After the Great American Novel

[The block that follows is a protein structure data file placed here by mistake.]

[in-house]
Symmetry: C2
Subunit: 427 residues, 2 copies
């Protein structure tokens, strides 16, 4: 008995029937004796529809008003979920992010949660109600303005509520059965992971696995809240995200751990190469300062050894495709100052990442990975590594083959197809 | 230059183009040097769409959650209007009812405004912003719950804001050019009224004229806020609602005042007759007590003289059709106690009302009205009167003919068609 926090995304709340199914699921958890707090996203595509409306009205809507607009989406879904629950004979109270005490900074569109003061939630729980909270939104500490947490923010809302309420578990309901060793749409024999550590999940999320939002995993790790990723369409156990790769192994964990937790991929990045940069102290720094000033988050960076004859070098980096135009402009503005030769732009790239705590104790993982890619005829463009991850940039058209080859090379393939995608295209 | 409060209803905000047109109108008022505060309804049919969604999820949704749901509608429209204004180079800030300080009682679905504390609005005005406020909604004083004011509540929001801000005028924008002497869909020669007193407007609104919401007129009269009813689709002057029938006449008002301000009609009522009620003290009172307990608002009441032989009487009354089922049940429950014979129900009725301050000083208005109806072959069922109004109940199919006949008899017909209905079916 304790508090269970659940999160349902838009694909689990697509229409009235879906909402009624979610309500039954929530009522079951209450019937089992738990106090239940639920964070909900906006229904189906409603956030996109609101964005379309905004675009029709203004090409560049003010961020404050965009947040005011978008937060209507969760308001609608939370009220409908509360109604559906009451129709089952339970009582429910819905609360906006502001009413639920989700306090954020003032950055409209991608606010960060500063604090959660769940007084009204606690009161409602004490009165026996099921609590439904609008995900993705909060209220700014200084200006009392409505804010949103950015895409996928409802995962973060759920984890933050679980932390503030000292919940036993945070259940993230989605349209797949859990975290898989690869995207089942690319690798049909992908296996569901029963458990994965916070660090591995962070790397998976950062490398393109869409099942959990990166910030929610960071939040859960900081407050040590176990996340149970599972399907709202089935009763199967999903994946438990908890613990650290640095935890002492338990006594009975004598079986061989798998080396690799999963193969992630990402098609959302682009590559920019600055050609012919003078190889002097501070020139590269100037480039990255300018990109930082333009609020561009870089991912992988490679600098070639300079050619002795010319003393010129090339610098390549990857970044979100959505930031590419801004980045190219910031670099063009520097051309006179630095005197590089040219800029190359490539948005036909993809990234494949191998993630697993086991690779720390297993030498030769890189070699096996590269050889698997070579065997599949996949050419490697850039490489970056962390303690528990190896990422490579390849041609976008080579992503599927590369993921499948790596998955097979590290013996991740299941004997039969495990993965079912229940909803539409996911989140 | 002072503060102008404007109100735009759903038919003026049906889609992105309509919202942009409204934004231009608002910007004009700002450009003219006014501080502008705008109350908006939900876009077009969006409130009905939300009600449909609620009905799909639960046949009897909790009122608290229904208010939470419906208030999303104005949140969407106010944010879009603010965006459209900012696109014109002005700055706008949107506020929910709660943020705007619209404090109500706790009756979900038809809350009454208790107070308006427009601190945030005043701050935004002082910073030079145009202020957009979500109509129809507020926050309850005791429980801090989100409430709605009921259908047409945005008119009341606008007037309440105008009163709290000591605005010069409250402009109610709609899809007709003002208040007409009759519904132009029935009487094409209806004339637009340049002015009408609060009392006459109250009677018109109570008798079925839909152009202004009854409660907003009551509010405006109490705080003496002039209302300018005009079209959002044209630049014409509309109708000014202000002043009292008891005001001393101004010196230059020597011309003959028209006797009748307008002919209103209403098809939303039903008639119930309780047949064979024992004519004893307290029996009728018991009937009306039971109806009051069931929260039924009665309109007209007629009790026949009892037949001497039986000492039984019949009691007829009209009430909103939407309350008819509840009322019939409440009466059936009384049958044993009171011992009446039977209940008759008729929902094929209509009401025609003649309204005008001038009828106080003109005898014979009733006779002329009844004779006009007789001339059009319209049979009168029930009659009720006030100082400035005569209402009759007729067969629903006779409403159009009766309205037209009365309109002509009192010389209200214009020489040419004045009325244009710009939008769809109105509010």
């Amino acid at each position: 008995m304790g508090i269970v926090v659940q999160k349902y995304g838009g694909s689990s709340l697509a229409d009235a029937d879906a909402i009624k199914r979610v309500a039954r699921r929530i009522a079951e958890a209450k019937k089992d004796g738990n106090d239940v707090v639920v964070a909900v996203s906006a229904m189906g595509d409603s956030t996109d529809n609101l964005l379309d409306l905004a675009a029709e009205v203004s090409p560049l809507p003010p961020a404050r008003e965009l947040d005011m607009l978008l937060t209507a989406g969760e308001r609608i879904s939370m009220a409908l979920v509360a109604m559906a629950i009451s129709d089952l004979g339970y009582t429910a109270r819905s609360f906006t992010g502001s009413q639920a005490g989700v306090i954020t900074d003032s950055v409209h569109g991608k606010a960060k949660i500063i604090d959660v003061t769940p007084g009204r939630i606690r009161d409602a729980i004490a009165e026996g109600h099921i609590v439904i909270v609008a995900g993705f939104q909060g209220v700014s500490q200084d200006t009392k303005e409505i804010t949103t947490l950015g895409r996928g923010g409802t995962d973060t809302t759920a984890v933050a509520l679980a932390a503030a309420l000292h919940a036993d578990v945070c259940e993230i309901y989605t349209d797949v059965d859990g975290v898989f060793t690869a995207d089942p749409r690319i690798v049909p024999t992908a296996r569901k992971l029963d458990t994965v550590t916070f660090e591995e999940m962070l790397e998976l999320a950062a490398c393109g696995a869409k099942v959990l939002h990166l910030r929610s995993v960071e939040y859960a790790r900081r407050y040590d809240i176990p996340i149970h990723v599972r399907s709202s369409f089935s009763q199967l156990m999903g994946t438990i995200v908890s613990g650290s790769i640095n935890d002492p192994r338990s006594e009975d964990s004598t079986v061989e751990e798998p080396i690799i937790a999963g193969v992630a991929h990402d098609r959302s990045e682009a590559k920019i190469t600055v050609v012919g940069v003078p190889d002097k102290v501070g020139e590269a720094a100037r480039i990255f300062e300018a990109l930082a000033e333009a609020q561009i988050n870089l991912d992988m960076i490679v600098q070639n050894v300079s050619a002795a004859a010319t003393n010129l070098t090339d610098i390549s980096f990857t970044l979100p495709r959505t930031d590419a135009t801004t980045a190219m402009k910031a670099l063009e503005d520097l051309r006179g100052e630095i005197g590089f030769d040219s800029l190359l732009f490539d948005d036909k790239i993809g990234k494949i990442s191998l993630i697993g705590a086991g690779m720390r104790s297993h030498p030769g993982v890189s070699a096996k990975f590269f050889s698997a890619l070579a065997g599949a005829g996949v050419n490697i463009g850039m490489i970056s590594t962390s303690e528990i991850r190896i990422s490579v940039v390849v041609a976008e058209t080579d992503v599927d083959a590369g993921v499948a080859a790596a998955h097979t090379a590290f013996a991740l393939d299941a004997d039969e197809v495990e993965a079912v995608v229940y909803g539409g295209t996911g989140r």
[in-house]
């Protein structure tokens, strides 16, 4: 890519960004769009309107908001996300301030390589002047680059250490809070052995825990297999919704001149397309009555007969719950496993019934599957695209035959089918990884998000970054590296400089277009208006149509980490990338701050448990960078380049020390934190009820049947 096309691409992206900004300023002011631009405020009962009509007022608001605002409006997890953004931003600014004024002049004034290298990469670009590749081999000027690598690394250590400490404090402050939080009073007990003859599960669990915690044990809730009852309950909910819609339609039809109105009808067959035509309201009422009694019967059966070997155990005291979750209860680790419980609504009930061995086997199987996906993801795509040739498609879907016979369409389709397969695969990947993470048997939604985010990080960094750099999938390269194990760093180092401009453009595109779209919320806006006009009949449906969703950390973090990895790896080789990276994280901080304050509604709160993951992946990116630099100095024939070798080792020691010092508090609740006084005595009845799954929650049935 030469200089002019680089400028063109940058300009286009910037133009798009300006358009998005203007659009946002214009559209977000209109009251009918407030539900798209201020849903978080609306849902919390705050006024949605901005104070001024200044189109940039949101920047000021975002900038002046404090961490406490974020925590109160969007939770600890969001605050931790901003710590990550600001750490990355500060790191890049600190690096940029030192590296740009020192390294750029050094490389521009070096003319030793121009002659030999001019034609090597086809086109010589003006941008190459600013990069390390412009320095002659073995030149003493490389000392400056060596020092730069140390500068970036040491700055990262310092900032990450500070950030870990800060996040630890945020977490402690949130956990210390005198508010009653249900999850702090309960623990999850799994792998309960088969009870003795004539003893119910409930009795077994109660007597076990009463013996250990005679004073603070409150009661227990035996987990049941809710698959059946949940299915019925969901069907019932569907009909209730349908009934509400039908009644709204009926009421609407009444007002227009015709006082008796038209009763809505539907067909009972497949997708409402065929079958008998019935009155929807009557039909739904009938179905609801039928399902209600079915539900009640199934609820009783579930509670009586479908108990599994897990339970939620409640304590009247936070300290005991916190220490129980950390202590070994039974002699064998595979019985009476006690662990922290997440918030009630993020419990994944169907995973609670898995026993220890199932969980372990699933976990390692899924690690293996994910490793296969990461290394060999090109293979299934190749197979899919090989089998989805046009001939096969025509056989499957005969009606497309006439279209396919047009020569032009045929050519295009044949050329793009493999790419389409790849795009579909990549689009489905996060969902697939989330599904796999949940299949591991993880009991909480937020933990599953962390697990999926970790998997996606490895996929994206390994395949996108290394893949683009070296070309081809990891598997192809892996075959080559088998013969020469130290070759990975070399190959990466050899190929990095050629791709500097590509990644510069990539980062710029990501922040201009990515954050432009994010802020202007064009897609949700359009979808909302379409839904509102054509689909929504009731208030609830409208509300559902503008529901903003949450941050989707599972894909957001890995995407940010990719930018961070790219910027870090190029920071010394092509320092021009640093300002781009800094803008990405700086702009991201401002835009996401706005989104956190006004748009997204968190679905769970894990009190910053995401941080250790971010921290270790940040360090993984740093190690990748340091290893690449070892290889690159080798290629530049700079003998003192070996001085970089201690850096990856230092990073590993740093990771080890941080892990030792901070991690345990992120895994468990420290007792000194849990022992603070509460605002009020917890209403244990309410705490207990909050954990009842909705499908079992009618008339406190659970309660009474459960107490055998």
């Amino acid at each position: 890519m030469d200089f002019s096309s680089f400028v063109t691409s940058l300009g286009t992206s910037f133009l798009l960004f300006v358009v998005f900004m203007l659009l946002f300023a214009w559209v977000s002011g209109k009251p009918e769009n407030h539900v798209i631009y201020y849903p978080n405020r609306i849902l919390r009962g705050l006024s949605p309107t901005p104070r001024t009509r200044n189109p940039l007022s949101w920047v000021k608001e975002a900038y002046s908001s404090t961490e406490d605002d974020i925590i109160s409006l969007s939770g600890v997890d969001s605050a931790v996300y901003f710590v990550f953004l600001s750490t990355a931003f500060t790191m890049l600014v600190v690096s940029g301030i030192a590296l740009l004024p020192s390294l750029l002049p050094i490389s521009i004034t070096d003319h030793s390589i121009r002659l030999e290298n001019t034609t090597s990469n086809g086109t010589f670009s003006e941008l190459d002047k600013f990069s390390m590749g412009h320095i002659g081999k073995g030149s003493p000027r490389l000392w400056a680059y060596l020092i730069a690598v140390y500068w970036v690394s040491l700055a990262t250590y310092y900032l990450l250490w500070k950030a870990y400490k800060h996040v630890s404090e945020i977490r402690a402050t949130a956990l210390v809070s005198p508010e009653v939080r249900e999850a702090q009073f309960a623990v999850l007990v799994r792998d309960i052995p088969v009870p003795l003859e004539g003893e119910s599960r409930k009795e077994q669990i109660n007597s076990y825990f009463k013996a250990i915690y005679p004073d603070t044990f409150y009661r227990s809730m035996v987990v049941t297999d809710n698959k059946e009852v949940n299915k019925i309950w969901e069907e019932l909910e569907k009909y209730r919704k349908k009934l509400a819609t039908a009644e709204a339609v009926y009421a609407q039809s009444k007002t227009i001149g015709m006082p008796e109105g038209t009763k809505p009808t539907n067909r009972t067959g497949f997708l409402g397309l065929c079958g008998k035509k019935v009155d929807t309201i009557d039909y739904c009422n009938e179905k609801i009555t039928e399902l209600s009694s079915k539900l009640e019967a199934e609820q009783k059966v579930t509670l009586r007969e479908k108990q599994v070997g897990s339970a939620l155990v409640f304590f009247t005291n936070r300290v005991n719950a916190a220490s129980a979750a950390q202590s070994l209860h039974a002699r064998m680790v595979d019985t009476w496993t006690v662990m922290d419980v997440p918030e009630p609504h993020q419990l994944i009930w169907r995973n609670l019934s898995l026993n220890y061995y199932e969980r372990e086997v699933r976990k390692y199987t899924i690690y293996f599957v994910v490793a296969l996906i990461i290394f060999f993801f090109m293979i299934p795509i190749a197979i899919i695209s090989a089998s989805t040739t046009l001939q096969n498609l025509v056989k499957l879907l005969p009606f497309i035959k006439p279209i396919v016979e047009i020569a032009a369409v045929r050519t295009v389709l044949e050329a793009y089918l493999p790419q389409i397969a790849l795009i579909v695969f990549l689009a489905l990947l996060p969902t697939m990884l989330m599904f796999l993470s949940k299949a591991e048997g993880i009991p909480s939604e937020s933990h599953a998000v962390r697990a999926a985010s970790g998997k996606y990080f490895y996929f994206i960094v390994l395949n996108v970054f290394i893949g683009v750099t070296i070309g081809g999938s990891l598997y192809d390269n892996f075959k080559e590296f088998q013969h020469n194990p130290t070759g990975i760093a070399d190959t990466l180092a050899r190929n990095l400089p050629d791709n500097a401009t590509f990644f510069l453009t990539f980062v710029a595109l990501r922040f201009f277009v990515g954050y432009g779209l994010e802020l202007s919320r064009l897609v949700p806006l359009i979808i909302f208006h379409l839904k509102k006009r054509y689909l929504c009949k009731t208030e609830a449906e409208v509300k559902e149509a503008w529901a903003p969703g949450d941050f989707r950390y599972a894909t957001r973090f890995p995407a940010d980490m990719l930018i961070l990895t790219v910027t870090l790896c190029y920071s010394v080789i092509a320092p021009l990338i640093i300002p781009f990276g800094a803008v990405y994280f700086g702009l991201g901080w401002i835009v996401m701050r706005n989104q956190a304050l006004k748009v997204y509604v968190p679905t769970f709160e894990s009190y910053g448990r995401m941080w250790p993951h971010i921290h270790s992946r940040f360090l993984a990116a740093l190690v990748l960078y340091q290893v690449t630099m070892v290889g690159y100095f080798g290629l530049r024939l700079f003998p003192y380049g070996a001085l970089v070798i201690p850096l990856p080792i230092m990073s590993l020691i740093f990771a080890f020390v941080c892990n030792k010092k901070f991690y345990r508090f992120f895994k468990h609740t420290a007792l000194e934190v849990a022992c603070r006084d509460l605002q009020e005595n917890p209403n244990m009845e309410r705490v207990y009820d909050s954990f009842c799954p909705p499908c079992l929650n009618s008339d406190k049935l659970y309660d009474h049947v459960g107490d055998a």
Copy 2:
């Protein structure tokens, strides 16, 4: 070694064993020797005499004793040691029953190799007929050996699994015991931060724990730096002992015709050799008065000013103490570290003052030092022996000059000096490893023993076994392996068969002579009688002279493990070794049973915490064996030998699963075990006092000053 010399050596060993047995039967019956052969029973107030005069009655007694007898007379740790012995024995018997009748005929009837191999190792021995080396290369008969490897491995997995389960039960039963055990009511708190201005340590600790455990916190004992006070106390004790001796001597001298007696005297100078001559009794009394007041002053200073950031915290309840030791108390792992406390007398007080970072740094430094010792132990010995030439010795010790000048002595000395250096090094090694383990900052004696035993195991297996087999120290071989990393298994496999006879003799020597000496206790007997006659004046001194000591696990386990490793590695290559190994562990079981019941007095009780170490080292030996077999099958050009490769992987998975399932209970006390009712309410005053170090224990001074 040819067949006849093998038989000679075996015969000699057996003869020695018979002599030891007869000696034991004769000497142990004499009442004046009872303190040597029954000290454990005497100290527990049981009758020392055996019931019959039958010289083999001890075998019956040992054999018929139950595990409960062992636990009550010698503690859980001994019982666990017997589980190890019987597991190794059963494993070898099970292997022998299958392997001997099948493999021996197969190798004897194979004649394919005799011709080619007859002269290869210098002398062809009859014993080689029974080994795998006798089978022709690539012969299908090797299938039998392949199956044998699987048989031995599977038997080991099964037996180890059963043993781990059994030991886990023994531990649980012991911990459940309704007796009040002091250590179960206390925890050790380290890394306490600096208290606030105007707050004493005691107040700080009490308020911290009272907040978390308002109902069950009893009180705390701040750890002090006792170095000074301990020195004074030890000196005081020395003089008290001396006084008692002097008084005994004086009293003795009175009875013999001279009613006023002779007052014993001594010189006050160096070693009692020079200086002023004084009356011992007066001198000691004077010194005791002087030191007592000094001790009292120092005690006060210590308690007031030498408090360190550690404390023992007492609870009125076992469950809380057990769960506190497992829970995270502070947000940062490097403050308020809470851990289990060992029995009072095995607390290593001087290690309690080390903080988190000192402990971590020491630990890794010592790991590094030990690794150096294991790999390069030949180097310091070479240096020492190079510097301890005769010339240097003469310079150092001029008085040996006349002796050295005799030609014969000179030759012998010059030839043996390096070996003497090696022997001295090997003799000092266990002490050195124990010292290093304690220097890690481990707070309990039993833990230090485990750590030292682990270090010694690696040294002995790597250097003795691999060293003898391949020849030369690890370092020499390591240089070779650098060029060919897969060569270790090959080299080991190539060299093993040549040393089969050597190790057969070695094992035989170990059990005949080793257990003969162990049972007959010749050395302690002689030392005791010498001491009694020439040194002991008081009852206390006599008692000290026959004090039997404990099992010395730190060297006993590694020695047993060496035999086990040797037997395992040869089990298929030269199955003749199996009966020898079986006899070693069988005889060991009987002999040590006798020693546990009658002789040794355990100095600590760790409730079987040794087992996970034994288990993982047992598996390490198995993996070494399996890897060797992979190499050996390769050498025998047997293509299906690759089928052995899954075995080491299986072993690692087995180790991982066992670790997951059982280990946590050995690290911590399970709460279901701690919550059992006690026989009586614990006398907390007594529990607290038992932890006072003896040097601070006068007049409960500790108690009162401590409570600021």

What do English professors do with literature? When English departments were first formed in the US at the end of the 19th century, the fashionable professor did “scholarship.” Scholarship’s goal was to turn the study of literature into a science. To achieve that aim, professors engaged in various pedantic tasks, including genealogical research, grammatical analysis, and textual collation. Like much aspirationally scientific work, scholarship took itself too seriously to be very exciting. In some cases it could be dry enough to make you thirsty. And so scholarship eventually yielded to something called “criticism.” This budding form of literary study privileged interpretation. It created a forum in which critics could use literature to engage their politics. And criticism tried hard not to be dry. Many of its most celebrated pioneers wrote with a virtuoso style that borrowed storytelling tricks from literature itself. Criticism began to appear in English departments before the 19th century was out, but its popularity grew after about 1915, its real dominance came after 1945, and its energies were renewed by the vogue for high literary theory in the 1970s and 1980s. Only in the last 25 years has scholarship, with its broad extratextual research and deep empirical digging, been regaining popularity in English departments.